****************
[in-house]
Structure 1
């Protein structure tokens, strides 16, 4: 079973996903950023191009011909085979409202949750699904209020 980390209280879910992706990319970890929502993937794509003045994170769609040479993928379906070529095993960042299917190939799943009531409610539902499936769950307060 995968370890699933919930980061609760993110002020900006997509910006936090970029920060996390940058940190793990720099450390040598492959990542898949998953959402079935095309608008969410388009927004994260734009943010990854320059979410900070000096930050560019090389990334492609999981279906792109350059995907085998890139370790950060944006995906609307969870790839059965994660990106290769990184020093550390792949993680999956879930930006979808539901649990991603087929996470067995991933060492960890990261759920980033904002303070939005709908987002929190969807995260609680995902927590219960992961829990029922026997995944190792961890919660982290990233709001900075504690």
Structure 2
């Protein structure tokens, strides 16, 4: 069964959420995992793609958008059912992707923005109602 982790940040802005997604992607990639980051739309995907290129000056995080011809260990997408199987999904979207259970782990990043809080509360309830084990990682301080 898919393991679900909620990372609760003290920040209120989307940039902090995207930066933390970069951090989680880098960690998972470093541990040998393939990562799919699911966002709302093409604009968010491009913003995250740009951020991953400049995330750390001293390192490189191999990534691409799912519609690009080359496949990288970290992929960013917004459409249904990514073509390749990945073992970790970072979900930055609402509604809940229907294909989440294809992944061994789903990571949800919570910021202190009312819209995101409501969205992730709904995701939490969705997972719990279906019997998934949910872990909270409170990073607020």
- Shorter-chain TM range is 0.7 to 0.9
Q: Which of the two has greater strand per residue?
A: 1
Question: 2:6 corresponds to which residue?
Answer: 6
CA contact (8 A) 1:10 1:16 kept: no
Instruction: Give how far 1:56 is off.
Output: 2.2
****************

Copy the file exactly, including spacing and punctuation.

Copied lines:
[in-house]
Structure 1
């Protein structure tokens, strides 16, 4: 079973996903950023191009011909085979409202949750699904209020 980390209280879910992706990319970890929502993937794509003045994170769609040479993928379906070529095993960042299917190939799943009531409610539902499936769950307060 995968370890699933919930980061609760993110002020900006997509910006936090970029920060996390940058940190793990720099450390040598492959990542898949998953959402079935095309608008969410388009927004994260734009943010990854320059979410900070000096930050560019090389990334492609999981279906792109350059995907085998890139370790950060944006995906609307969870790839059965994660990106290769990184020093550390792949993680999956879930930006979808539901649990991603087929996470067995991933060492960890990261759920980033904002303070939005709908987002929190969807995260609680995902927590219960992961829990029922026997995944190792961890919660982290990233709001900075504690």
Structure 2
């Protein structure tokens, strides 16, 4: 069964959420995992793609958008059912992707923005109602 982790940040802005997604992607990639980051739309995907290129000056995080011809260990997408199987999904979207259970782990990043809080509360309830084990990682301080 898919393991679900909620990372609760003290920040209120989307940039902090995207930066933390970069951090989680880098960690998972470093541990040998393939990562799919699911966002709302093409604009968010491009913003995250740009951020991953400049995330750390001293390192490189191999990534691409799912519609690009080359496949990288970290992929960013917004459409249904990514073509390749990945073992970790970072979900930055609402509604809940229907294909989440294809992944061994789903990571949800919570910021202190009312819209995101409501969205992730709904995701939490969705997972719990279906019997998934949910872990909270409170990073607020």
- Shorter-chain TM range is 0.7 to 0.9
Q: Which of the two has greater strand per residue?
A: 1
Question: 2:6 corresponds to which residue?
Answer: 6
CA contact (8 A) 1:10 1:16 kept: no
Instruction: Give how far 1:56 is off.
Output: 2.2